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Would you drive them out of business?
Thread poster: Ala Rabie

Ala Rabie  Identity Verified
Egypt
Local time: 03:01
Japanese to Arabic
+ ...
Jun 8, 2006

Say that you have an individual outsourcer who did not pay you, and you are so frustrated that morbid, evil, thoughts are overtaking you. You follow your regular routine with non-paying clients, just to get your emails and phone calls rejected--no sign of any effect is on the horizon. You accelerate your routine, send invoices with late fees, etc.

Now here comes the fun part!

You are so annoyed. So annoyed that you became real cunning. You gather information on the outsourcer, even enlisting a private eye. Now you have a list of the outsourcer's clients, his/her every online profile/page, his/her business contacts everywhere in the world, as well as his/her family members' information.

Here comes the question--although it is virtually not possible to drive someone out of business, given the ability to go annonymous or under an alias when doing business over the web, and the close circle of translators around him/her who would not be affected, would you take the next step in mass-blacklisting the outsourcer, not just online, but even in the local potential target market of this outsourcer?

In short, if you have the chance and the ability to do it, when would you take serious steps to drive an outsourcer out of business? And is it worth it? How about ethically?

~Ala
alamnesis.com

[Edited at 2006-06-08 11:04]


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Giovanni Guarnieri MITI, MIL  Identity Verified
United Kingdom
Local time: 02:01
Member (2004)
English to Italian
Would you drive them out of business? Jun 8, 2006

what's ethical about blackmail? It's illegal, as well.

Giovanni


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Astrid Elke Witte  Identity Verified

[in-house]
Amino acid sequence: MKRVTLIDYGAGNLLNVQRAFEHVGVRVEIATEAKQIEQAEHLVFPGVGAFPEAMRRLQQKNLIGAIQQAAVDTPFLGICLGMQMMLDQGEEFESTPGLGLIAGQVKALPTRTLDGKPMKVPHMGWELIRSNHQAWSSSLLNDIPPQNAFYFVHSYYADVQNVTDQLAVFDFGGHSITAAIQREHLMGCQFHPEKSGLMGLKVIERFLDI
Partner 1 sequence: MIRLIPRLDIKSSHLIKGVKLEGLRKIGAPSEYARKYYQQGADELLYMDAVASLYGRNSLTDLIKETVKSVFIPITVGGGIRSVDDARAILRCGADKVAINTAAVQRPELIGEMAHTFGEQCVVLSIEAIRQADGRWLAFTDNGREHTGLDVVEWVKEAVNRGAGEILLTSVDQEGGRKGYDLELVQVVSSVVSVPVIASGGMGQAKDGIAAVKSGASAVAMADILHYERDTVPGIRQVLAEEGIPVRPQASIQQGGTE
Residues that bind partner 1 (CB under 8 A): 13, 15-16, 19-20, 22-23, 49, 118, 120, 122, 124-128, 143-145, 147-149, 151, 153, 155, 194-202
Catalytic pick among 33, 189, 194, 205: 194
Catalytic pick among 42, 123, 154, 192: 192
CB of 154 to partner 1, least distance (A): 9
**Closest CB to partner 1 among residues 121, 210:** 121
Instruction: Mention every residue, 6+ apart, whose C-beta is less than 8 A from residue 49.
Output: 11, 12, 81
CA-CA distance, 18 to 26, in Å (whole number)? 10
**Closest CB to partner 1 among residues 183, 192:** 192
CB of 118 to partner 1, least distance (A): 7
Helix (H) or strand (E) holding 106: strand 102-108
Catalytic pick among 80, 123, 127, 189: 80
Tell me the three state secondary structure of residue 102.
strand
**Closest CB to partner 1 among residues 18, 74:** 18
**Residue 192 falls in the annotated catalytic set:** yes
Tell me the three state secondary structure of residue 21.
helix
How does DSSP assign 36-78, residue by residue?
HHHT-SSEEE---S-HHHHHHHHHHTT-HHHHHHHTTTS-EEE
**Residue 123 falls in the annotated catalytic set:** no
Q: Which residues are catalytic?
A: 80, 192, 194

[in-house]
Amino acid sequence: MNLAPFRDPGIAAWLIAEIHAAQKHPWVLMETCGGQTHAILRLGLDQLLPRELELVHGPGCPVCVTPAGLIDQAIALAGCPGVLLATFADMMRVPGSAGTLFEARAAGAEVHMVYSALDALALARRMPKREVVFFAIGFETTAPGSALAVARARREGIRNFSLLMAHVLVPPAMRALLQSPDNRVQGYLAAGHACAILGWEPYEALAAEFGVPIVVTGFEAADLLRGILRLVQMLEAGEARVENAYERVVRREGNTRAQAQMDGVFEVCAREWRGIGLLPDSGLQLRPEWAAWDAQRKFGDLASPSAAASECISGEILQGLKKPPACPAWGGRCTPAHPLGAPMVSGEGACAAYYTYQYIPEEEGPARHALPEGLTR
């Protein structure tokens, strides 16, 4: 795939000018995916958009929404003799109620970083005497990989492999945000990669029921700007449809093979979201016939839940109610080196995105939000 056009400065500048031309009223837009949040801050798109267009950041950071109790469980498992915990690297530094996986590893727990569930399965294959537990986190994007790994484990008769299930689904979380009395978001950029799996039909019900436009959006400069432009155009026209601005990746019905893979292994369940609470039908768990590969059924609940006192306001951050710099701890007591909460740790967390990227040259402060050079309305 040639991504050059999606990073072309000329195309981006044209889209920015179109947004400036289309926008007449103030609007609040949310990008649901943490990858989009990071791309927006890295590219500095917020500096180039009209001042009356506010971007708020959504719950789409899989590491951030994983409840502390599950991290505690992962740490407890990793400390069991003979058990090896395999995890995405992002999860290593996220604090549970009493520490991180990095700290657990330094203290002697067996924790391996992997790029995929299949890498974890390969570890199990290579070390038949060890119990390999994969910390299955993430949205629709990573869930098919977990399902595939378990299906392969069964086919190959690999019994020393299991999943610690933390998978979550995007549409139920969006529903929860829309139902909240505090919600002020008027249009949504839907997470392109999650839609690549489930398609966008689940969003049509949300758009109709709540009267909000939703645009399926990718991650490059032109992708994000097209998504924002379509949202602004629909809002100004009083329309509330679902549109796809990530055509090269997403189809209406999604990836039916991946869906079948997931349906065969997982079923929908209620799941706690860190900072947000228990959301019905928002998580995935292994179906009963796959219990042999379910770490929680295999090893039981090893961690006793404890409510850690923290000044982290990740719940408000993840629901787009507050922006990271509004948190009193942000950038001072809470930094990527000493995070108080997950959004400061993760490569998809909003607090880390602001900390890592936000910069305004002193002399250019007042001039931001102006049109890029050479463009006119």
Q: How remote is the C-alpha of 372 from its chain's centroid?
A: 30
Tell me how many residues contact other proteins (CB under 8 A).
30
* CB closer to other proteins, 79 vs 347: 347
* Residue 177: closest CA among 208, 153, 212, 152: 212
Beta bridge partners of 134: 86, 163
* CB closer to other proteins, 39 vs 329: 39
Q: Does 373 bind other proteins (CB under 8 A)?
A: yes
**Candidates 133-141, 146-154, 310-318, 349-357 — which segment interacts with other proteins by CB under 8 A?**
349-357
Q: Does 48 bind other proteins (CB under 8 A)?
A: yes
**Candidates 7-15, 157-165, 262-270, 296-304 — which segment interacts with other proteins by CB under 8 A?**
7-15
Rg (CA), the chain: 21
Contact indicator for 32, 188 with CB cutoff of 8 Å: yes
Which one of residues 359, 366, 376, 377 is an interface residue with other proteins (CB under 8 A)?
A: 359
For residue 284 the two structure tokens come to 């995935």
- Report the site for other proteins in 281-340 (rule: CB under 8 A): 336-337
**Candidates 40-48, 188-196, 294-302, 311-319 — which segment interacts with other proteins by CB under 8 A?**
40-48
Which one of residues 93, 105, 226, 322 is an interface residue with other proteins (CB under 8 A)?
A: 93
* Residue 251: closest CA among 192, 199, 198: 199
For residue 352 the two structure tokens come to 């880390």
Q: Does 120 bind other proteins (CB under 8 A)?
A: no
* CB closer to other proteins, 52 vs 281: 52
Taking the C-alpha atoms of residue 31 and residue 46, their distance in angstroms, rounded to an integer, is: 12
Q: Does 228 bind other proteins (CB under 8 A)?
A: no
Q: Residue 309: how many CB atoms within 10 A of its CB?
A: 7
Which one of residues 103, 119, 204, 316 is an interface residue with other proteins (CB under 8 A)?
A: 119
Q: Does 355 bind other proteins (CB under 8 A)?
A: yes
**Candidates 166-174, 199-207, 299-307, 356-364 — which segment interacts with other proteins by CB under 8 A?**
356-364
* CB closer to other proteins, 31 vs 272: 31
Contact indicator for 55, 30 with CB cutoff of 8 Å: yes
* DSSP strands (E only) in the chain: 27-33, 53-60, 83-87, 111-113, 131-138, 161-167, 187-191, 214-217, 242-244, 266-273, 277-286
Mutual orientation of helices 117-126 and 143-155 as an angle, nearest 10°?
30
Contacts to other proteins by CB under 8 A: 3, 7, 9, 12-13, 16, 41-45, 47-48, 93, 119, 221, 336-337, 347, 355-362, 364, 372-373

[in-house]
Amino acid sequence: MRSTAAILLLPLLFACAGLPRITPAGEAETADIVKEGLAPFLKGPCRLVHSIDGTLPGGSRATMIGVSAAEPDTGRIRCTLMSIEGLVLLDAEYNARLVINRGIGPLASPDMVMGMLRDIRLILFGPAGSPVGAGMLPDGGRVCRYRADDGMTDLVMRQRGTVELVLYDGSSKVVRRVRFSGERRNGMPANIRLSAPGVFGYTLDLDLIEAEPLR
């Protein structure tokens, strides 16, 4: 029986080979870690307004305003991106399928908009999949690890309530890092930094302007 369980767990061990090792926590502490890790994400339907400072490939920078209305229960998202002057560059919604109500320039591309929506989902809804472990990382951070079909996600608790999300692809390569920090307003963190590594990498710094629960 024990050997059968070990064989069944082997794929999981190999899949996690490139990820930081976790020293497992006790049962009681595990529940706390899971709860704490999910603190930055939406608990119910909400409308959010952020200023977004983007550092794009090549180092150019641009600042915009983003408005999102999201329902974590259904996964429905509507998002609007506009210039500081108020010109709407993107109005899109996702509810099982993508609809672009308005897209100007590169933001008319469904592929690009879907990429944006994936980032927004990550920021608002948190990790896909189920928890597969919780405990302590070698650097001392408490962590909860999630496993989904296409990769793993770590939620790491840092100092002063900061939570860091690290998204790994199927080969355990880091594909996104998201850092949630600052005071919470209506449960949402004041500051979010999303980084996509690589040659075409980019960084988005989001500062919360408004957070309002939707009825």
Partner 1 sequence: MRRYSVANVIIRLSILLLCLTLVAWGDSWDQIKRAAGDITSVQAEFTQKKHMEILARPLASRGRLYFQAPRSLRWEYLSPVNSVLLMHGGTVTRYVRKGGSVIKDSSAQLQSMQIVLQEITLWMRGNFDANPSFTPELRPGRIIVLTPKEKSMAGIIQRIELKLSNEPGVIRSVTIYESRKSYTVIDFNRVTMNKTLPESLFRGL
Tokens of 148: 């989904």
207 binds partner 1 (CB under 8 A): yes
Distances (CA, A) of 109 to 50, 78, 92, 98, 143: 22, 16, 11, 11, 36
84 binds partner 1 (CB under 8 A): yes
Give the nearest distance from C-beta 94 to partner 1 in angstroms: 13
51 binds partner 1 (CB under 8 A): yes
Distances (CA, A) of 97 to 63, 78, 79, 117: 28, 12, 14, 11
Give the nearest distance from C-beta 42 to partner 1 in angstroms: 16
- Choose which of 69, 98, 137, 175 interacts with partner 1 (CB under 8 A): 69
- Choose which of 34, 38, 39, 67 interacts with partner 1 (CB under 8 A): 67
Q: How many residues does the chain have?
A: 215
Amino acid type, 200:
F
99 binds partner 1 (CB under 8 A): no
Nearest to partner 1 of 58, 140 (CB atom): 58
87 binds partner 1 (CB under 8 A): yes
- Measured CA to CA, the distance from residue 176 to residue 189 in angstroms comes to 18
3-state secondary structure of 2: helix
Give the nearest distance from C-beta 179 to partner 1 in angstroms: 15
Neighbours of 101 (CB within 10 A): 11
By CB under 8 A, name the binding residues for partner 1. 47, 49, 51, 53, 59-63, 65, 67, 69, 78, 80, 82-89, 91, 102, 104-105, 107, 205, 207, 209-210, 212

Germany
Local time: 03:01
Member (2002)
German to English
+ ...
No, it is not worth it, from your point of view Jun 8, 2006

Ethics doesn't come into the picture.

How much ENERGY would you be investing in the pursuit of trying to punish the outsourcer who did not pay you?

You, personally, have only a limited amount of energy. Energy is a form of money. Every scrap of energy that you invest, in any kind of activity, is in fact investing/giving away money.

If you invest 10 minutes of energy in trying to punish someone who did not pay you,

you have lost 10 minutes of your working time.

As you only have a limited number of hours of energy in a day (before you need to go to bed and sleep), you will not - ever - regain that time.

You have lost 10 minutes' earnings, 10 minutes' money.

I could go on, but I think you might be getting the picture by now.

Astrid


P.S. Just in case you have not got the picture yet, YOU SHOULD INVEST YOUR ENERGY IN BUILDING UP YOUR OWN BUSINESS

[Edited at 2006-06-08 11:44]


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Ala Rabie  Identity Verified
Egypt
Local time: 03:01
Japanese to Arabic
+ ...
TOPIC STARTER
Nothing illegal here! Jun 8, 2006

Giovanni Guarnieri MITI, MIL wrote:

what's ethical about blackmail? It's illegal, as well.

Giovanni


Blacklisting, Giovanni, not blackmailing!


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Giovanni Guarnieri MITI, MIL  Identity Verified
United Kingdom
Local time: 02:01
Member (2004)
English to Italian
ah... Jun 8, 2006

I need to clean my glasses... sorry!

Giovanni


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Yolande Haneder  Identity Verified